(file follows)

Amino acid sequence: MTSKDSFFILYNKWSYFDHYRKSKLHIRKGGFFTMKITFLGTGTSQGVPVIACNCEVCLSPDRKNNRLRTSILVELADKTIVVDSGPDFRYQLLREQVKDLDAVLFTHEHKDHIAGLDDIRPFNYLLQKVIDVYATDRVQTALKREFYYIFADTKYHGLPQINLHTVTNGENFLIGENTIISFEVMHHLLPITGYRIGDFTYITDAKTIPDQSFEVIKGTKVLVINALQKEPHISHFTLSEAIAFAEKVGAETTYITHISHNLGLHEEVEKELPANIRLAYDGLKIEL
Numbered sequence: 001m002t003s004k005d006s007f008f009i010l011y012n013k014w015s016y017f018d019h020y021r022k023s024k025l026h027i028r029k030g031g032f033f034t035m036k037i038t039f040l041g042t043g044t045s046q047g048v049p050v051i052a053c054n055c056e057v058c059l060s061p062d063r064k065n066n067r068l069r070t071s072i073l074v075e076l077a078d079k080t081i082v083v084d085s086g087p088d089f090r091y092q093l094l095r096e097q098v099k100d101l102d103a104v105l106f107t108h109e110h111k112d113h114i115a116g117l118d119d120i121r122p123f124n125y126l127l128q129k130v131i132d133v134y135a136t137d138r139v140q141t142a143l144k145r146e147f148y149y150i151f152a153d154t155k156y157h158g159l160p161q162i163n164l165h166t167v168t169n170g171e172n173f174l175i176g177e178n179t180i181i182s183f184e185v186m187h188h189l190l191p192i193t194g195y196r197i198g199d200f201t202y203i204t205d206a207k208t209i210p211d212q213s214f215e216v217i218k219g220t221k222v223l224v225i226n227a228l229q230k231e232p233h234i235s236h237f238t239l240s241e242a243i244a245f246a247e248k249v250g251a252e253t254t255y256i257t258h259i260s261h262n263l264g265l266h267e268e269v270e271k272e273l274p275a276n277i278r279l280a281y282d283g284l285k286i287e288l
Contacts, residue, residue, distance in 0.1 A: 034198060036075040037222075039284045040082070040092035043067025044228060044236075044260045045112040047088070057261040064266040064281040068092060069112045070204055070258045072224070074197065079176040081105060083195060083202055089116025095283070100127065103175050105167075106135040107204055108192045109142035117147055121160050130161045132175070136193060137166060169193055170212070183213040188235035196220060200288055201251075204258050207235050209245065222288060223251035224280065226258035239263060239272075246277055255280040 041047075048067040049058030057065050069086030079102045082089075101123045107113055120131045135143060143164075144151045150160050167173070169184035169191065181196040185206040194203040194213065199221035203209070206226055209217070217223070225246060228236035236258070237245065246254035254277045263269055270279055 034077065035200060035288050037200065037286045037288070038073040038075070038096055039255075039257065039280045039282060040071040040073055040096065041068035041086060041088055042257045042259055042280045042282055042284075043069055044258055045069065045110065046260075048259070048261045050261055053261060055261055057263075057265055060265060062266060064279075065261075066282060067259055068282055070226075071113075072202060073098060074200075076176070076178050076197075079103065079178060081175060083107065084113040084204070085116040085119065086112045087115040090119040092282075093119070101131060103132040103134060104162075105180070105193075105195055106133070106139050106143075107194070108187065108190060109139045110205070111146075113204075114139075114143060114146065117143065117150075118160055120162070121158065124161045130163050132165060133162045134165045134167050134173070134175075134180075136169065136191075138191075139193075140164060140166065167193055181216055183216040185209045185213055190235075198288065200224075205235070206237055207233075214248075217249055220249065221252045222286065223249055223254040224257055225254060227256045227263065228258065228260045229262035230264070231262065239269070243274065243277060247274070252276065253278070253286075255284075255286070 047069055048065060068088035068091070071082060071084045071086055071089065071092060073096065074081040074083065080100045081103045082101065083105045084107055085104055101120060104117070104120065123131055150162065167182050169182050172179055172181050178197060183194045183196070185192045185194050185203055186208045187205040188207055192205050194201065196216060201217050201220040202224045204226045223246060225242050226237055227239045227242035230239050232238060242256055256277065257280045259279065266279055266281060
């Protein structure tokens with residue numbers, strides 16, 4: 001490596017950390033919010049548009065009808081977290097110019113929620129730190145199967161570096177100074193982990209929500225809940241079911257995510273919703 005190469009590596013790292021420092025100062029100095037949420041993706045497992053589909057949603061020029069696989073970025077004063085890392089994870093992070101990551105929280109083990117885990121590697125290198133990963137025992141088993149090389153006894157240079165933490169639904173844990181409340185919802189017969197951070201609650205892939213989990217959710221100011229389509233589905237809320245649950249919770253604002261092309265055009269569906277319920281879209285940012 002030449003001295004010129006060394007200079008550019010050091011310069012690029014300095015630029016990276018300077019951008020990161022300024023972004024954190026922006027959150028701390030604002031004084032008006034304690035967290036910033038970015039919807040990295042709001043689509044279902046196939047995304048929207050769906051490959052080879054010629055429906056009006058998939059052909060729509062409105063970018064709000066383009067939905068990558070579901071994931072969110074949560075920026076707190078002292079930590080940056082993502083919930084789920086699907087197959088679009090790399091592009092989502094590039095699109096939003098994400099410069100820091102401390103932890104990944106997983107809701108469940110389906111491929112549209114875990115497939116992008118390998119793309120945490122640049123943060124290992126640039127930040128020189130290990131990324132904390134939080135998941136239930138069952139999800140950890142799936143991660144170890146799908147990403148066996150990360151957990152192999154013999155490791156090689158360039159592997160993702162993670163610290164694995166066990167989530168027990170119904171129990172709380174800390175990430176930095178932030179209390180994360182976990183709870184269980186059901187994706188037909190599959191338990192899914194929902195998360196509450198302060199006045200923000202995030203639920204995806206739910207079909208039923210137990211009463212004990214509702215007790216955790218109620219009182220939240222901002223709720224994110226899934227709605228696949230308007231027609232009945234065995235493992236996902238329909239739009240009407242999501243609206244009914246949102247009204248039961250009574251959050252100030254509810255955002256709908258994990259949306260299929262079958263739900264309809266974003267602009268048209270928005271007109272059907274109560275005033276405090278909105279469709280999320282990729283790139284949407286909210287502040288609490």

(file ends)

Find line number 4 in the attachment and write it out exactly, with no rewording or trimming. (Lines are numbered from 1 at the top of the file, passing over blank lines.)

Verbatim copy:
């Protein structure tokens with residue numbers, strides 16, 4: 001490596017950390033919010049548009065009808081977290097110019113929620129730190145199967161570096177100074193982990209929500225809940241079911257995510273919703 005190469009590596013790292021420092025100062029100095037949420041993706045497992053589909057949603061020029069696989073970025077004063085890392089994870093992070101990551105929280109083990117885990121590697125290198133990963137025992141088993149090389153006894157240079165933490169639904173844990181409340185919802189017969197951070201609650205892939213989990217959710221100011229389509233589905237809320245649950249919770253604002261092309265055009269569906277319920281879209285940012 002030449003001295004010129006060394007200079008550019010050091011310069012690029014300095015630029016990276018300077019951008020990161022300024023972004024954190026922006027959150028701390030604002031004084032008006034304690035967290036910033038970015039919807040990295042709001043689509044279902046196939047995304048929207050769906051490959052080879054010629055429906056009006058998939059052909060729509062409105063970018064709000066383009067939905068990558070579901071994931072969110074949560075920026076707190078002292079930590080940056082993502083919930084789920086699907087197959088679009090790399091592009092989502094590039095699109096939003098994400099410069100820091102401390103932890104990944106997983107809701108469940110389906111491929112549209114875990115497939116992008118390998119793309120945490122640049123943060124290992126640039127930040128020189130290990131990324132904390134939080135998941136239930138069952139999800140950890142799936143991660144170890146799908147990403148066996150990360151957990152192999154013999155490791156090689158360039159592997160993702162993670163610290164694995166066990167989530168027990170119904171129990172709380174800390175990430176930095178932030179209390180994360182976990183709870184269980186059901187994706188037909190599959191338990192899914194929902195998360196509450198302060199006045200923000202995030203639920204995806206739910207079909208039923210137990211009463212004990214509702215007790216955790218109620219009182220939240222901002223709720224994110226899934227709605228696949230308007231027609232009945234065995235493992236996902238329909239739009240009407242999501243609206244009914246949102247009204248039961250009574251959050252100030254509810255955002256709908258994990259949306260299929262079958263739900264309809266974003267602009268048209270928005271007109272059907274109560275005033276405090278909105279469709280999320282990729283790139284949407286909210287502040288609490």